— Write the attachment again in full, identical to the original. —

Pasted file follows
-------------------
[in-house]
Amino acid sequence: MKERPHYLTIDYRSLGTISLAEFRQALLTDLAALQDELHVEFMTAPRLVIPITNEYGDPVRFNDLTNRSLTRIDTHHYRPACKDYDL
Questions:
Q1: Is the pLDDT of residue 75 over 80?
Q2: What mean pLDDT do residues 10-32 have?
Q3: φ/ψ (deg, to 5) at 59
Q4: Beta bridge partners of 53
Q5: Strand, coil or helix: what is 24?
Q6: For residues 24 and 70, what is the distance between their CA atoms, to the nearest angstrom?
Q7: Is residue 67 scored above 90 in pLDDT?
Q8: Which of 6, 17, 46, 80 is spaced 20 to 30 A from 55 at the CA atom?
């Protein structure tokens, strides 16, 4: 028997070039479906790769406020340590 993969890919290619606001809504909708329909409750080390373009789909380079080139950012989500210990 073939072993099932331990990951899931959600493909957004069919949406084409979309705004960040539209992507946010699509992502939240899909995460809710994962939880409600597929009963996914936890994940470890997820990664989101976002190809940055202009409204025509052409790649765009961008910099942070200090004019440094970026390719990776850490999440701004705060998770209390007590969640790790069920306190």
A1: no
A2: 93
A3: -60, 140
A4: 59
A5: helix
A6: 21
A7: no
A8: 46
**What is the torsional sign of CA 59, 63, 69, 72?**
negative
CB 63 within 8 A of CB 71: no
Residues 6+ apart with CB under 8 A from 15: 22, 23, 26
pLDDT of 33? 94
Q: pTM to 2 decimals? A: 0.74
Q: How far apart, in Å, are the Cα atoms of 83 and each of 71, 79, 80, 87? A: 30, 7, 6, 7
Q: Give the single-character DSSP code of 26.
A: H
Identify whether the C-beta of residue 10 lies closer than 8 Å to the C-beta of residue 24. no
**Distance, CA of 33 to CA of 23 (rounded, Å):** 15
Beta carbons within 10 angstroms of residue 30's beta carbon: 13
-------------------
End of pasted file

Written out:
[in-house]
Amino acid sequence: MKERPHYLTIDYRSLGTISLAEFRQALLTDLAALQDELHVEFMTAPRLVIPITNEYGDPVRFNDLTNRSLTRIDTHHYRPACKDYDL
Questions:
Q1: Is the pLDDT of residue 75 over 80?
Q2: What mean pLDDT do residues 10-32 have?
Q3: φ/ψ (deg, to 5) at 59
Q4: Beta bridge partners of 53
Q5: Strand, coil or helix: what is 24?
Q6: For residues 24 and 70, what is the distance between their CA atoms, to the nearest angstrom?
Q7: Is residue 67 scored above 90 in pLDDT?
Q8: Which of 6, 17, 46, 80 is spaced 20 to 30 A from 55 at the CA atom?
């Protein structure tokens, strides 16, 4: 028997070039479906790769406020340590 993969890919290619606001809504909708329909409750080390373009789909380079080139950012989500210990 073939072993099932331990990951899931959600493909957004069919949406084409979309705004960040539209992507946010699509992502939240899909995460809710994962939880409600597929009963996914936890994940470890997820990664989101976002190809940055202009409204025509052409790649765009961008910099942070200090004019440094970026390719990776850490999440701004705060998770209390007590969640790790069920306190």
A1: no
A2: 93
A3: -60, 140
A4: 59
A5: helix
A6: 21
A7: no
A8: 46
**What is the torsional sign of CA 59, 63, 69, 72?**
negative
CB 63 within 8 A of CB 71: no
Residues 6+ apart with CB under 8 A from 15: 22, 23, 26
pLDDT of 33? 94
Q: pTM to 2 decimals? A: 0.74
Q: How far apart, in Å, are the Cα atoms of 83 and each of 71, 79, 80, 87? A: 30, 7, 6, 7
Q: Give the single-character DSSP code of 26.
A: H
Identify whether the C-beta of residue 10 lies closer than 8 Å to the C-beta of residue 24. no
**Distance, CA of 33 to CA of 23 (rounded, Å):** 15
Beta carbons within 10 angstroms of residue 30's beta carbon: 13